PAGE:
Franchise

6 Reasons Why Startups Are Riskier Than Franchise Businesses

Starting any business can be risky, but startups in particular deal with these six aspects.
6 Reasons Why Startups Are Riskier Than Franchise Businesses
Image credit: Thomas Barwick | Getty Images
Guest Writer
Consultant at Franchoice
5 min read
Opinions expressed by Entrepreneur contributors are their own.

Deciding to open a business is only the first of many decisions that an aspiring entrepreneur has to make on the road to small-business ownership. For most business hopefuls, the process will include a risk assessment to determine how much risk they are willing to take in exchange for varying degrees of reward.

In the nascent stages of business exploration, they'll need to consider whether or not they want to launch a startup business or buy into a franchise. Both have their rewards, mostly decided by the personality of the entrepreneur. The guy who wants to make all of the decisions about how their business operates would find that freedom to do so a big advantage of a startup. The woman infatuated with the idea of turning her big idea into a multibillion-dollar global power would also enjoy that advantage that startups provide.

However, when it comes to assessing risk, there is little question that startups are riskier than investing in a franchise business.

Here's why.

Related: The 10 Best Franchises to Open in 2018

1. You have to build your own brand.

Building brand identity is difficult and time-consuming, often taking years to establish. Most business owners lack the time and resources to spend years building up a brand from scratch, so they fail to grow outside their immediate circle of influence, or just plain fail. Whether it's emerging or established, franchise businesses come with their brand already built, including logos, slogans, signage, buildouts, team apparel and more. So, a franchisee's first day as a business owner isn't necessarily the first time anyone in their market has heard of the business.

2. The mistakes that will be made will be yours.

This is a favorite saying in the franchise business, but it's absolutely true. Whereas you may have an uncle that owned a business who is willing to offer advice, you're mostly on your own when it comes to making decisions with your business. If you're doing it first, you can't know for sure what will work and what won't. Hopefully, you'll do more things right than wrong, but those wrong decisions can be incredibly costly. Franchise businesses have already been there. They've made the mistakes, learned from them and taught their franchise owners the winning way to do things.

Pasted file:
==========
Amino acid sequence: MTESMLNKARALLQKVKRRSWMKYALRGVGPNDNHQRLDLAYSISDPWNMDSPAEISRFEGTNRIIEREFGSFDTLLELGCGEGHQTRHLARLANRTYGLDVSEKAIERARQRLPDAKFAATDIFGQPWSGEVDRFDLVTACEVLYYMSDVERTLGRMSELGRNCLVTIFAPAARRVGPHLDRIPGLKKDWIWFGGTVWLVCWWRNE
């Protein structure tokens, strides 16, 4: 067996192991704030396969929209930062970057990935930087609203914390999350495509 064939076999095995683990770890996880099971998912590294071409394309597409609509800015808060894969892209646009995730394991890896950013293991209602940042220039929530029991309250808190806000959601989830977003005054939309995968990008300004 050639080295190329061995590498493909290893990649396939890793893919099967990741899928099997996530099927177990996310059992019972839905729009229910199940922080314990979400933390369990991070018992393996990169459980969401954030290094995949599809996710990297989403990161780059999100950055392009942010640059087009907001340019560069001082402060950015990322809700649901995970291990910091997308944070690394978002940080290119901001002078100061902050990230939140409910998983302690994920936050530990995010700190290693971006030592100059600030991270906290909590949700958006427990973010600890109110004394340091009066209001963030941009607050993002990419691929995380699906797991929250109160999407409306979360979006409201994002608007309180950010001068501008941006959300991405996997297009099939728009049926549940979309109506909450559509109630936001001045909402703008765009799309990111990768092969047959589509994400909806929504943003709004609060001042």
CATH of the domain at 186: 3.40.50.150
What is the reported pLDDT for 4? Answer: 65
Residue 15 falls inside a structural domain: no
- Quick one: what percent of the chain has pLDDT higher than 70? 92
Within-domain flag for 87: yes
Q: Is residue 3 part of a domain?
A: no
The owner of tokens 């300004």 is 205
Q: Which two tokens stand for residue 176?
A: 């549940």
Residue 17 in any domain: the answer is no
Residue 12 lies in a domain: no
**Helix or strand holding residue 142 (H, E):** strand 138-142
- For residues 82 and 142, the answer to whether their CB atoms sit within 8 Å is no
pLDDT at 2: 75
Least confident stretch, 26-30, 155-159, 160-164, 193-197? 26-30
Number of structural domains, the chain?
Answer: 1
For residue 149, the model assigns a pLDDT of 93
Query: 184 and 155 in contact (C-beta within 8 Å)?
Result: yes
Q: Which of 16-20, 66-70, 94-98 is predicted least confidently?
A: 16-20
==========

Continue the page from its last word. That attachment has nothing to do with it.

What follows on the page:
3. You're operating without a net.

A support system is critical to business success because even the best businesses are going to have challenges at times. When things get difficult, startup owners have to rely on themselves to figure out how to work through the issues and get back to good. Franchise businesses pride themselves in offering unparalleled support for their franchisees, offering around-the-clock support from corporate teams, regional directors and peer guidance. Chances are that someone, if not everyone, has been through whatever you're facing and can offer detailed instruction for how to work through it.

4. Financing can be frustrating.

Startup owners have to do all of the legwork themselves to secure financing for their business. They have to write their own business plan, then sell their idea to family, friends or local banks in order to get funding. On top of that, most aspiring independent business owners rarely know how much money they'll need to launch their business and how much they'll need to survive during the years when the business is getting off the ground. Franchise businesses will help candidates craft their business plan, can often assist with preferred partners for financing and are able to let candidates know exactly how much money they'll need to become franchise owners.

Related: 5 Franchises You Can Buy for Less Than $18,000

5. Operational resources.

No matter the business you choose, you're going to need suppliers in order to operate your business. Even the smallest businesses often require website support, stationery, legal, financial and marketing help. For brick-and-mortar stores, tack on goods, industrial supplies, signage and more. Franchise businesses can offer those resources in-house or provide candidates with preferred third-party vendors. Not only that, but because of the scale at which they operate, they can often secure products and services for their franchisees at a discount from what an independent business might pay.

6. You need to create your own framework for success.

Too often, businesses fail because the owners are too engaged with the work and not nearly savvy enough when it comes to owning and operating a business. You may love working on cars, but unless you know how to choose the right location, hire, train and manage employees, handle marketing and keep the books, a car maintenance business may never make it out of the idea stage. Franchise businesses generally don't require candidates to have strong business operational knowledge because they already have a system in place for them to follow and they clearly explain what type of skill set they'll need to succeed as franchise owners.

Related: Just How Much Does It Cost to Own a Fast-Food Franchise?

None of this is to say that franchise businesses don't have risks. Whether you're investing in a startup opportunity or a franchise business, there are no guarantees of success. However, the aspiring entrepreneur excited to open a small business but lacking the knowledge or experience to do so would be wise to consider a franchise business to mitigate risk while building the lifestyle they've always wanted.

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